Passive defenses are measures taken to avoid or withstand the effects of attacks. These include bunkering, deep burial, dispersal, concealment, and placement of assets far behind front lines or far inland from shores and borders.121 This approach does nothing to prevent the attacks themselves or the damage caused. Instead, passive defense simply tries to prevent or minimize the Nonproliferation, preemption and damage to critical assets passive defense each have limitations or infrastructure. The harm to non-strategic targets like that significantly diminish their people and homes could independent abilities to defend U.S. be extensive, especially if interests. Even together, none can WMDs are used. Cruise prevent a cruise missile attack from missile strikes against the U.S. homeland are most doing damage if the missiles are likely intended for cities launched and strike their targets. and other high-value, nonmilitary targets. The passive defense strategy clearly has benefits for overseas or domestic military bases and other elements of U.S. critical infrastructure as it improves the probability of survival. Such approaches are of little value for homeland defense, where sheer size and expense precludes serious contemplation of their application. Furthermore, the passive defense strategy still allows the missiles to hit their targets. It is neither an effective defensive option for homeland defense nor an optimal one for protecting military forces abroad.

Active Defenses
Nonproliferation, preemption and passive defense each have limitations that significantly diminish their independent abilities to defend U.S. interests. Even together, none can prevent a cruise missile attack from doing damage if the missiles are launched and strike their targets. With the proliferation of capabilities and strong incentives for use, active and effective defenses are needed to detect and destroy cruise missiles before they reach their intended targets. Active defenses against cruise missiles require that the defending system have both the means of detecting and tracking incoming threats, as well as the means of physically destroying the threats. Options for defending against cruise missile attacks are considered in the next section.


Cruise Missile Defense Efforts and Options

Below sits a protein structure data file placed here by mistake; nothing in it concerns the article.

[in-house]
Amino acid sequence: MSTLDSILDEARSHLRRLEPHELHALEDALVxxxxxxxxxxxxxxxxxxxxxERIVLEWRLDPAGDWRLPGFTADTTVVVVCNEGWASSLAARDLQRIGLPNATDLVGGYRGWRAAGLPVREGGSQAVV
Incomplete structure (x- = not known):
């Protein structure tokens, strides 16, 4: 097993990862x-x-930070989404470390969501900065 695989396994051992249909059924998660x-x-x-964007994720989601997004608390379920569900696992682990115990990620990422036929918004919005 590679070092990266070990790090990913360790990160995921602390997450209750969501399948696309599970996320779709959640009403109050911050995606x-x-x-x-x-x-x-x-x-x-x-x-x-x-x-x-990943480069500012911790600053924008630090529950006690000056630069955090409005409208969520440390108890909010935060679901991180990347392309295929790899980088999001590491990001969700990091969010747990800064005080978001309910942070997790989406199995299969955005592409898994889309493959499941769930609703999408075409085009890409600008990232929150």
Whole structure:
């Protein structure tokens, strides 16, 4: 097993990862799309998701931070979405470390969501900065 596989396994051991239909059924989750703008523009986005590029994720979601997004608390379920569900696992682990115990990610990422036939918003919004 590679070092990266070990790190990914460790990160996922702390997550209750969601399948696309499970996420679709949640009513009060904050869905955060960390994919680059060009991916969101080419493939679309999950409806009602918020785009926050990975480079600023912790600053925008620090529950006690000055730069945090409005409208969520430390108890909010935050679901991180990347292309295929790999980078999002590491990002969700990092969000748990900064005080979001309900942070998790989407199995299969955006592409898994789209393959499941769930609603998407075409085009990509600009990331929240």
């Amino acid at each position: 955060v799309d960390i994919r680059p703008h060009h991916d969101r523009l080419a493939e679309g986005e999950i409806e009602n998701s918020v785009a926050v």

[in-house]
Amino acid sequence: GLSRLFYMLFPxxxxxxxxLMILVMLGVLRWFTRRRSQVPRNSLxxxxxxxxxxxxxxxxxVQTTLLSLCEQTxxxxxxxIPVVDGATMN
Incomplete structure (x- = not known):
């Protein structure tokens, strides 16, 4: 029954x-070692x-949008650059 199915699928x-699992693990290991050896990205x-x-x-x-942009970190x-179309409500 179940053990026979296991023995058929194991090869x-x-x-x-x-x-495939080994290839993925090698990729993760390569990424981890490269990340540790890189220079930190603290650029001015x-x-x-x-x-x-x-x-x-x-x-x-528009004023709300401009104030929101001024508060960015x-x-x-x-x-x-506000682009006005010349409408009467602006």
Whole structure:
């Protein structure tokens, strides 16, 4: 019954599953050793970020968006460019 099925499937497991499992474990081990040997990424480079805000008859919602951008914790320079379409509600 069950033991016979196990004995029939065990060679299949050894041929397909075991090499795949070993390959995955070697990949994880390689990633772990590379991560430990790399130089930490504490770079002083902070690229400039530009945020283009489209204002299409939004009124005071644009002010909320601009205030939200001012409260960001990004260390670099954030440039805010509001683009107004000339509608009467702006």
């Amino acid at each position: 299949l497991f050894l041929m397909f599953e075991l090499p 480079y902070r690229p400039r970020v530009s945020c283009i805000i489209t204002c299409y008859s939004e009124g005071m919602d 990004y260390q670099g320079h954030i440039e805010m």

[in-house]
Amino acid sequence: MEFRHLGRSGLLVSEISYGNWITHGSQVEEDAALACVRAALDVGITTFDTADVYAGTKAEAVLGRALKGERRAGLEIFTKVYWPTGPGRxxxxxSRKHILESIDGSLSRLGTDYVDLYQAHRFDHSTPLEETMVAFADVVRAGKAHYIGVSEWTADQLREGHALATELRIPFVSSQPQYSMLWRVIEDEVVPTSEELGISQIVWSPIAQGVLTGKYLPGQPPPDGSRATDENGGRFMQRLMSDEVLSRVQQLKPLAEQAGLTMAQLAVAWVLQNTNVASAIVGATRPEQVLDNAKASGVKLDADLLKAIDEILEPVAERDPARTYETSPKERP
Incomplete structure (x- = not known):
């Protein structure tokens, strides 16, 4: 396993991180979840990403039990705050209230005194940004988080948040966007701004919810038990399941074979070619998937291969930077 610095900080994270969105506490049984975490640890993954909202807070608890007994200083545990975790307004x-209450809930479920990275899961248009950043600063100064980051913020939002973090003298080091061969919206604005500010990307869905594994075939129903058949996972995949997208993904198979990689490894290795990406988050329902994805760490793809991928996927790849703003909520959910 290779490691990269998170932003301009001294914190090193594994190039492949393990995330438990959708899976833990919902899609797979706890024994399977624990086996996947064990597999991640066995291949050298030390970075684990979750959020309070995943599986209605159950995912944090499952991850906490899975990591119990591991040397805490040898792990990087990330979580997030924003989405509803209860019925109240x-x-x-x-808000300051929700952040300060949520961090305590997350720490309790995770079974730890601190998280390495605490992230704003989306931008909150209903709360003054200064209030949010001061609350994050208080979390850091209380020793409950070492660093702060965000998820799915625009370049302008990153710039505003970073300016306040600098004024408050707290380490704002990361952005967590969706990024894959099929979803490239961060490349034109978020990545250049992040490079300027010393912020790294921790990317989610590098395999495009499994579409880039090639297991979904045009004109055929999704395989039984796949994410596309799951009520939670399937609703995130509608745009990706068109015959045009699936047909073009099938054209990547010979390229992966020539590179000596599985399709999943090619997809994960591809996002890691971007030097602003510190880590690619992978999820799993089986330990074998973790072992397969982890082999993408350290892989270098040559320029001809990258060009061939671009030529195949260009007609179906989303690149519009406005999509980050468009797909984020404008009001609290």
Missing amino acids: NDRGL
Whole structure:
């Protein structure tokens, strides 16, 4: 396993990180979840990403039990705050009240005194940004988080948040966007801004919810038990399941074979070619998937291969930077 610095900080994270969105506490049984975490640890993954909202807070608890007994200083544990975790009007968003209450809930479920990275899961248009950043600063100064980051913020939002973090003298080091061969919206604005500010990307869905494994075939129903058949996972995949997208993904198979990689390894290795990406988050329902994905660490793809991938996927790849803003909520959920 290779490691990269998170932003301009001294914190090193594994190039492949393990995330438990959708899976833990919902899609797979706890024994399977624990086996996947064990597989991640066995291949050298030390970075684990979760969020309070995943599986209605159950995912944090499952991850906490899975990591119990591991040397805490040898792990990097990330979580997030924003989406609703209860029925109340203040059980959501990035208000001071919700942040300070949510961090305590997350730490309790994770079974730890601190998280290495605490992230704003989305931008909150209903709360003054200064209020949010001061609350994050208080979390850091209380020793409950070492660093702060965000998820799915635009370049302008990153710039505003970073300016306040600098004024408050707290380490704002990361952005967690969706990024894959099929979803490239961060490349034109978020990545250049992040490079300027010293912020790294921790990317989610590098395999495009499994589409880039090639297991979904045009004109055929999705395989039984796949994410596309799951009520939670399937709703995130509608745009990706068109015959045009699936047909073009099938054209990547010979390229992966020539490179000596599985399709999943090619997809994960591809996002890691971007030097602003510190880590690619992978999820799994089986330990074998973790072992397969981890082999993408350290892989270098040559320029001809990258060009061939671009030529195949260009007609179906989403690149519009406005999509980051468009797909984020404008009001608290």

Concerns within the military about cruise missile defense resulted in the fielding of service-oriented defensive systems, such the Armys Patriot ground-based air defense, the Navys Aegis ship-based missile defense, and the Air Forces surveillance and tactical combat aircraft.122 As a consequence of these investments, the U.S. military has developed fairly effective point defenses, that is, the defense of a very limited geographic space. However, neither the existing systems nor the current approach to cruise missile defense offer the kind of wide area coverage perceived as needed in the face of the growing threat and diverse challenges faced today and into the future. Before evaluating the defensive options available, criteria for assessing the effectiveness of a cruise missile defense are offered for context. These principles were originally offered as a way to evaluate military systems generally, and offer a base framework for evaluating cruise missile defense options broadly. They are that: 1. The system must be militarily effective in all circumstances that might arise. 2. The system should have a cost-exchange advantage at the margin in the worst case; that is to say, the unit of defense must always be cheaper than whatever the offense could do at the margin, so that the attacker could not possibly scale his way out of the challenge posed to the attacker by the defender. 3. The system has to be robust in all plausible military environments.123 A cruise missile defense can be designed to meet the first and third criteria. The second presents major challenges, as the cost of cruise missiles are so low. When assessing this costexchange criterion in light of homeland defense concerns and the rise of asymmetric warfare, the cost trade-off between a defensive system compared to the value of the defended asset must also be considered. Preventing the destruction of American lives and property in light of an increasing threat places a premium on the development of defensive capabilities. The criterion has most applicability when comparing equally effective defensive options during the process of selecting which combination of capabilities are best suited to protect against particular threats. Another factor implicit in comparing cost-exchange ratios is the relative buying power of the defender compared with that of the attacker, though this is subsumed in the value of the target being defended. Considering the consequences of failing to construct a defense, more favorable application of the criteria against proposed cruise missile defenses is possible.